Second, it’ll help you have meaningful conversations with your subscribers. Think about when you’re talking to a friend. You two might be sitting at a bar with a craft beer talking about their problems and giving them advice, friend-to-friend. In that situation, you tend to talk less about yourself and more about how you can help your friend solve their problem.
If you aren’t sure how to write friend-to-friend, then start by actually writing and sending that email to a close friend. Ask them if it sounds like you. If not, rewrite it until it does.”
Mark Rogers is the Marketing Director at Carney, a marketing and creative agency. He’s one of the writers and editors of the Daily Carnage marketing newsletter. When he’s not thinking about marketing (which is rare), you can probably find him climbing up a cliff or exploring the newest brewery in town.
“Be yourself – stop using big, fancy terms and jargon/buzzwords. People aren’t impressed by how “smart” you believe you sound! Let your copy have some personality and write like you are talking to your trusted colleague or friend. We all want to feel like we’re communicating with other humans, not robots.
Stop the template overload. HTML templates do not need to be used for every email. For things like newsletters, they can be appropriate. But in everyday use, people see a colorful, complicated template and before they even read the first word, they know they’re being sold to. This turns many off immediately and you’ll go straight into the trash.”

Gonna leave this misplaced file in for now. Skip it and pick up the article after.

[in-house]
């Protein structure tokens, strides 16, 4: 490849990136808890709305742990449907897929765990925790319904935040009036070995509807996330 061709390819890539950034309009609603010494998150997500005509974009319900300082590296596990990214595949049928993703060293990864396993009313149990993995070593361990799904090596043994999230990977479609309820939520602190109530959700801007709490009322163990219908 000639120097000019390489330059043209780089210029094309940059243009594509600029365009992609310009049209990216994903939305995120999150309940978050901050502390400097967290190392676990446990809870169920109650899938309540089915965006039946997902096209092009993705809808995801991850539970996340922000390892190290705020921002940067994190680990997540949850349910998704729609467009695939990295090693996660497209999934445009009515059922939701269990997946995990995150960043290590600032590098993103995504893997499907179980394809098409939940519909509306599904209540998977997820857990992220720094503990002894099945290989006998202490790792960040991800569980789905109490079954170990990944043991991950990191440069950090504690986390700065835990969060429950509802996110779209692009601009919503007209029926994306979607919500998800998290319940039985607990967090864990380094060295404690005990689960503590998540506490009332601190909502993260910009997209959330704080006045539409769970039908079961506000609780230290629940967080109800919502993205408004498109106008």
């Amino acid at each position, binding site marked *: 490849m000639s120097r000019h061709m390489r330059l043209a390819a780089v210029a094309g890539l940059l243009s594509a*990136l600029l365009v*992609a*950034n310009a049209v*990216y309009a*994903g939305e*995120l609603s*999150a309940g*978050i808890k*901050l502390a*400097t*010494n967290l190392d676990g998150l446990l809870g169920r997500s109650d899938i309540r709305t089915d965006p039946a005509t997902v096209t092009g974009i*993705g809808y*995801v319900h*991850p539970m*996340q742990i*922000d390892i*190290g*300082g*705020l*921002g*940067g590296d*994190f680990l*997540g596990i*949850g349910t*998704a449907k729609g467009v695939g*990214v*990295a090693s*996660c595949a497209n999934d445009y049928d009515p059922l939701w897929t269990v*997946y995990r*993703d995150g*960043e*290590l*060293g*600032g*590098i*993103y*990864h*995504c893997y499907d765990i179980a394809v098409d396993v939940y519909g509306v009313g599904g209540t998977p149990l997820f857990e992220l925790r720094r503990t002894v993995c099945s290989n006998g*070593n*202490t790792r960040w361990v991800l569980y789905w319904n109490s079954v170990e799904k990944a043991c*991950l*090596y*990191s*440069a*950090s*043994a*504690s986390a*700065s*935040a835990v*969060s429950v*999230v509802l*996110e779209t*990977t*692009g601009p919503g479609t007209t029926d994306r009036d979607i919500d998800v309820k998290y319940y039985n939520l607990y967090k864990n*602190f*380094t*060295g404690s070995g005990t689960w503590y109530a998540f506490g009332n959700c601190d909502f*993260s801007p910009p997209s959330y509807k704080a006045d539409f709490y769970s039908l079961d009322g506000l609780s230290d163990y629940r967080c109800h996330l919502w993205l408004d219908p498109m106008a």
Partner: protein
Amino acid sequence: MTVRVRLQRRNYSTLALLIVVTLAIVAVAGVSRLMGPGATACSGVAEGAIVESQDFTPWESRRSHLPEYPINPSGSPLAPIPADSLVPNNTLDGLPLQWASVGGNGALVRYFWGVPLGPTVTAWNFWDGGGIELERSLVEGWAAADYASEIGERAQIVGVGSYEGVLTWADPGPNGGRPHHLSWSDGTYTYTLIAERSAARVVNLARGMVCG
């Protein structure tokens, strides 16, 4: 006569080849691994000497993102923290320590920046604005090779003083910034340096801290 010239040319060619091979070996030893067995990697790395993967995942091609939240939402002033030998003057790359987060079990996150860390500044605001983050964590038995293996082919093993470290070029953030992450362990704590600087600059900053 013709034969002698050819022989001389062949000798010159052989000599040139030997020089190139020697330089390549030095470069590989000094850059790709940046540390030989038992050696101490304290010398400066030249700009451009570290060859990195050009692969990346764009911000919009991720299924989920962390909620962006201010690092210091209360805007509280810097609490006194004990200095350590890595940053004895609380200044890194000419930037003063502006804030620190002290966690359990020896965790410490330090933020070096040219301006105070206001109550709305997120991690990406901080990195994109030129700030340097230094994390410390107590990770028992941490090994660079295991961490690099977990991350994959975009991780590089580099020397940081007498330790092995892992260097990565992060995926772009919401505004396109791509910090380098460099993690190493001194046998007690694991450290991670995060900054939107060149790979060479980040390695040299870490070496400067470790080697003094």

Lauren is the Chief Marketing Officer at Techvera, an IT support and consulting firm in Denton, Texas.
Founder & President, 1SEO
“One of the biggest keys to sending an effective email is personalization. Treating your recipients like actual people and not as a mass makes a world of difference. Additionally, take the time to segment your email marketing lists and deliver the most relevant content to your audience. It may be a tedious process but your readers will thank you for it.”
Lance Bachmann is the Founder and President of 1SEO, a full-service digital marketing agency based in Bristol, Pennsylvania that helps businesses increase their online visibility.
Founder, Igor Kholkin Consulting
Los Angeles, California
“Make email marketing work with the rest of your marketing channels. The best marketing results come as a result of weaving multiple channels into a unified strategy. Use email to support your SEO activities (drive traffic to internal blogs, external guest posts, etc), grow your social media presence (turn subscribers into followers), or build up your online reputation (encourage reviews).”
Igor is the founder of a boutique marketing consulting firm based in Los Angeles, with email marketing being one of the staples of his client strategies.
Take these expert email marketing tips and put them into practice by downloading this FREE guide by Neil Patel, America’s #1 digital marketer: